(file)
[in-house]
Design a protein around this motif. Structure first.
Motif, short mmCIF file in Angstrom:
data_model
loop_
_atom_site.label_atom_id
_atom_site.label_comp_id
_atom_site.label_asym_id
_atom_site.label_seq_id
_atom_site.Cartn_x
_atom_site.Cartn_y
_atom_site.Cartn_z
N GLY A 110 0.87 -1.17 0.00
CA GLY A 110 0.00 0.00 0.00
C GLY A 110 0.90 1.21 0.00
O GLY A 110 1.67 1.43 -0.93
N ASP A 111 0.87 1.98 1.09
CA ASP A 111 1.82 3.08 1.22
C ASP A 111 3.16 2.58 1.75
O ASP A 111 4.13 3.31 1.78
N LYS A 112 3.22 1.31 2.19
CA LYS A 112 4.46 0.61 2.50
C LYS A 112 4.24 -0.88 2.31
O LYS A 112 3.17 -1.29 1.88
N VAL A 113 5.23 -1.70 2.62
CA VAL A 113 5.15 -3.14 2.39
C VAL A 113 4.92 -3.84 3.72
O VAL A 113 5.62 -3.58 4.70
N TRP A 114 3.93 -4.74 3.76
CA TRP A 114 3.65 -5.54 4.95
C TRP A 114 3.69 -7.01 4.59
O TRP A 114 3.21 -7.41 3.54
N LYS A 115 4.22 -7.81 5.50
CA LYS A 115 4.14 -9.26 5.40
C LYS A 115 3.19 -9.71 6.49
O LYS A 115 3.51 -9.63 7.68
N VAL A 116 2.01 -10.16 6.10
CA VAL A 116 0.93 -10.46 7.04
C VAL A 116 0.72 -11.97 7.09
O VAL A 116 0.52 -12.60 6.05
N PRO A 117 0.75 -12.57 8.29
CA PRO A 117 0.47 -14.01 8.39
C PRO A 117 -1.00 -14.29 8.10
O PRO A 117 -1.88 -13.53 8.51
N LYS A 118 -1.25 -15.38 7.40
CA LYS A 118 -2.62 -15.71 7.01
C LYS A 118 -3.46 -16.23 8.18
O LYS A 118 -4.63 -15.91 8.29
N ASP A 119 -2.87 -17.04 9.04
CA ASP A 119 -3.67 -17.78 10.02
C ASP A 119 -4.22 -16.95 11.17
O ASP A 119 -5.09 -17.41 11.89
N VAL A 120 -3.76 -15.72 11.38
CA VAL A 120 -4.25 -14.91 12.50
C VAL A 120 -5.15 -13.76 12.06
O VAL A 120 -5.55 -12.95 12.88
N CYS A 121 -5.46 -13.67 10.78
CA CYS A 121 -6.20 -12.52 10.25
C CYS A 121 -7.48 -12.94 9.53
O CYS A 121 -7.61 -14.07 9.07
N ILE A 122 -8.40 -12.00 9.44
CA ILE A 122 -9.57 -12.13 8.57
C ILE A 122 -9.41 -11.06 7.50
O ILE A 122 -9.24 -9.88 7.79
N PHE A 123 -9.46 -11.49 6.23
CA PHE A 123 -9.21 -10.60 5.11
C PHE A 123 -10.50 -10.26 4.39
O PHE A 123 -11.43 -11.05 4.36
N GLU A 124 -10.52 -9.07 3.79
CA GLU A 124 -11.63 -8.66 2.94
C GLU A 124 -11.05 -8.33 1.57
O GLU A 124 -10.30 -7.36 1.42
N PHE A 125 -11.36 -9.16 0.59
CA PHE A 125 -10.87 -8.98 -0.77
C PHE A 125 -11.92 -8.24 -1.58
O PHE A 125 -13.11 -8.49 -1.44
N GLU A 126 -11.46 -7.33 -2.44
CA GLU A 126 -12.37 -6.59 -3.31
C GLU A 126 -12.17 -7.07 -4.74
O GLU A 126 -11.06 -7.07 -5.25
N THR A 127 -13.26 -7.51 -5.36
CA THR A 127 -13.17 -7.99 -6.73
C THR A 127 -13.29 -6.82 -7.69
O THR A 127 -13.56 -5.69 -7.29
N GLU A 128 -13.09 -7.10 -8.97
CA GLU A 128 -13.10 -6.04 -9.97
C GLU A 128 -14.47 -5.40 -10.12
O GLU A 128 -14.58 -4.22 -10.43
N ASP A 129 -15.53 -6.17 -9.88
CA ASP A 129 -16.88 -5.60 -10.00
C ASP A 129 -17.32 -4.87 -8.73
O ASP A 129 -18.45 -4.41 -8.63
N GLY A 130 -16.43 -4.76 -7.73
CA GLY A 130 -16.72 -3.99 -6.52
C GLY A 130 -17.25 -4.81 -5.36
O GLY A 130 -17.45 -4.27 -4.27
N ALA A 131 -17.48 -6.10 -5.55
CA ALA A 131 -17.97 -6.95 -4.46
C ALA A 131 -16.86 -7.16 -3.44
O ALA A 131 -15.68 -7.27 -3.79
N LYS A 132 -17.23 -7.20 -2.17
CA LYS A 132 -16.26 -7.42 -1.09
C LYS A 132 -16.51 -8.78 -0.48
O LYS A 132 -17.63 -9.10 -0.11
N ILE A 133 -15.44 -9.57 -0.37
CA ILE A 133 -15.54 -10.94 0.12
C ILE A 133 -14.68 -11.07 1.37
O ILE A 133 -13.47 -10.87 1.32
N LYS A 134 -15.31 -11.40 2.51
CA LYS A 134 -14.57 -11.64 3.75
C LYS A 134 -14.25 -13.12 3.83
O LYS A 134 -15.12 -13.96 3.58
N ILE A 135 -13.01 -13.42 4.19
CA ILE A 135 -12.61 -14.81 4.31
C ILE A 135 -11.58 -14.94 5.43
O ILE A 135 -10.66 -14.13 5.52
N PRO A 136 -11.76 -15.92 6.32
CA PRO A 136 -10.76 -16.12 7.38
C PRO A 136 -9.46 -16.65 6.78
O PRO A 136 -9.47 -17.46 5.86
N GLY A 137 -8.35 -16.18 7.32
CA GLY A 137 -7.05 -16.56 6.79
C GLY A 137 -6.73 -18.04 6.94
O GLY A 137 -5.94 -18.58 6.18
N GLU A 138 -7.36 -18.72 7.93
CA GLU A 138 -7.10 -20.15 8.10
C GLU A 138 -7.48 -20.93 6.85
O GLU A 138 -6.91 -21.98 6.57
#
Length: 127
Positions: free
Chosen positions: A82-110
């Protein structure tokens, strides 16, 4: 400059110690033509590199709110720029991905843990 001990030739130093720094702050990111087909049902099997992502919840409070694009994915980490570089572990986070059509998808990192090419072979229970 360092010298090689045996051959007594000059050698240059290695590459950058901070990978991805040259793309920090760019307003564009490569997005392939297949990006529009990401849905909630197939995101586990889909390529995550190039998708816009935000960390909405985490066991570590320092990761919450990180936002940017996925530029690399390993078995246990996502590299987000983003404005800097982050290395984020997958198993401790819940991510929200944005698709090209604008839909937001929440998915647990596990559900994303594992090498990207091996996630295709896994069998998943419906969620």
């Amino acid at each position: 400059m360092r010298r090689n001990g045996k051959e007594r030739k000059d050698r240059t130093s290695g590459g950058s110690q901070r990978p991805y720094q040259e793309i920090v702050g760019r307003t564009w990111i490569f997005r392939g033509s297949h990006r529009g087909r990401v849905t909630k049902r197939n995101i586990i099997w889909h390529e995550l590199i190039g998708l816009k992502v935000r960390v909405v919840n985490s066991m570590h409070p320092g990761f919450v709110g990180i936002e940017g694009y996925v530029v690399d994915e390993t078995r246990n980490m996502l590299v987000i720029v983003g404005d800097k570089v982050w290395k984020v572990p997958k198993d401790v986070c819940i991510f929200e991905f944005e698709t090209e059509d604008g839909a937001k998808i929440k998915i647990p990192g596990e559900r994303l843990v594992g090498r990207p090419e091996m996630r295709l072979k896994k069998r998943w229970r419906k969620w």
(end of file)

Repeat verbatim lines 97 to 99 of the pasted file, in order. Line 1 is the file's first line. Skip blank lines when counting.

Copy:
N ALA A 131 -17.48 -6.10 -5.55
CA ALA A 131 -17.97 -6.95 -4.46
C ALA A 131 -16.86 -7.16 -3.44